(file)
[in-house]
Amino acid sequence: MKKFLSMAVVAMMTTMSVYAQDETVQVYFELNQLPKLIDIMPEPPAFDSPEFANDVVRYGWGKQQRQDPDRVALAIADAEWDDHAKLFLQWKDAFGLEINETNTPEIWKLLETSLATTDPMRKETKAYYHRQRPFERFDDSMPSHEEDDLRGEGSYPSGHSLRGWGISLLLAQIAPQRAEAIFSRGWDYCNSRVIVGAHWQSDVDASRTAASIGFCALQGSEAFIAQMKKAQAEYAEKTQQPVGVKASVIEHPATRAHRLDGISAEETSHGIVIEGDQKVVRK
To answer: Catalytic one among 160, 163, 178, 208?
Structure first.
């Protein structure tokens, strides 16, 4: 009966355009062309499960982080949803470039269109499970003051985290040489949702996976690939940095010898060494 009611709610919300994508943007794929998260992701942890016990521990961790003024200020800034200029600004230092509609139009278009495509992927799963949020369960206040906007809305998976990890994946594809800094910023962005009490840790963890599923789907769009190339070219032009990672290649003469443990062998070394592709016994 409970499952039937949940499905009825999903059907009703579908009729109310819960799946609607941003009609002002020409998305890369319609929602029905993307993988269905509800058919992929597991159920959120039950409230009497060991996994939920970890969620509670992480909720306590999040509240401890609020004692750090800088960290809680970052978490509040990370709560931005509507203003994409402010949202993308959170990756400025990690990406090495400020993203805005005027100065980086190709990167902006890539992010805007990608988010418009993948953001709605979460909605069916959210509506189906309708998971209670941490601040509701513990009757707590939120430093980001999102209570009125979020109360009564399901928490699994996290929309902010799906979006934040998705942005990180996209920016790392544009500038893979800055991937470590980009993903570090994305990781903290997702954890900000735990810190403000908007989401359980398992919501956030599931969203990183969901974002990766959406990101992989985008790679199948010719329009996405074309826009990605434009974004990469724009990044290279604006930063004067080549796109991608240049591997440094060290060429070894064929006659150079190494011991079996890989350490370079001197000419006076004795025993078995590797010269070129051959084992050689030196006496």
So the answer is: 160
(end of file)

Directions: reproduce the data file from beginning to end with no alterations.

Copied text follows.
[in-house]
Amino acid sequence: MKKFLSMAVVAMMTTMSVYAQDETVQVYFELNQLPKLIDIMPEPPAFDSPEFANDVVRYGWGKQQRQDPDRVALAIADAEWDDHAKLFLQWKDAFGLEINETNTPEIWKLLETSLATTDPMRKETKAYYHRQRPFERFDDSMPSHEEDDLRGEGSYPSGHSLRGWGISLLLAQIAPQRAEAIFSRGWDYCNSRVIVGAHWQSDVDASRTAASIGFCALQGSEAFIAQMKKAQAEYAEKTQQPVGVKASVIEHPATRAHRLDGISAEETSHGIVIEGDQKVVRK
To answer: Catalytic one among 160, 163, 178, 208?
Structure first.
């Protein structure tokens, strides 16, 4: 009966355009062309499960982080949803470039269109499970003051985290040489949702996976690939940095010898060494 009611709610919300994508943007794929998260992701942890016990521990961790003024200020800034200029600004230092509609139009278009495509992927799963949020369960206040906007809305998976990890994946594809800094910023962005009490840790963890599923789907769009190339070219032009990672290649003469443990062998070394592709016994 409970499952039937949940499905009825999903059907009703579908009729109310819960799946609607941003009609002002020409998305890369319609929602029905993307993988269905509800058919992929597991159920959120039950409230009497060991996994939920970890969620509670992480909720306590999040509240401890609020004692750090800088960290809680970052978490509040990370709560931005509507203003994409402010949202993308959170990756400025990690990406090495400020993203805005005027100065980086190709990167902006890539992010805007990608988010418009993948953001709605979460909605069916959210509506189906309708998971209670941490601040509701513990009757707590939120430093980001999102209570009125979020109360009564399901928490699994996290929309902010799906979006934040998705942005990180996209920016790392544009500038893979800055991937470590980009993903570090994305990781903290997702954890900000735990810190403000908007989401359980398992919501956030599931969203990183969901974002990766959406990101992989985008790679199948010719329009996405074309826009990605434009974004990469724009990044290279604006930063004067080549796109991608240049591997440094060290060429070894064929006659150079190494011991079996890989350490370079001197000419006076004795025993078995590797010269070129051959084992050689030196006496």
So the answer is: 160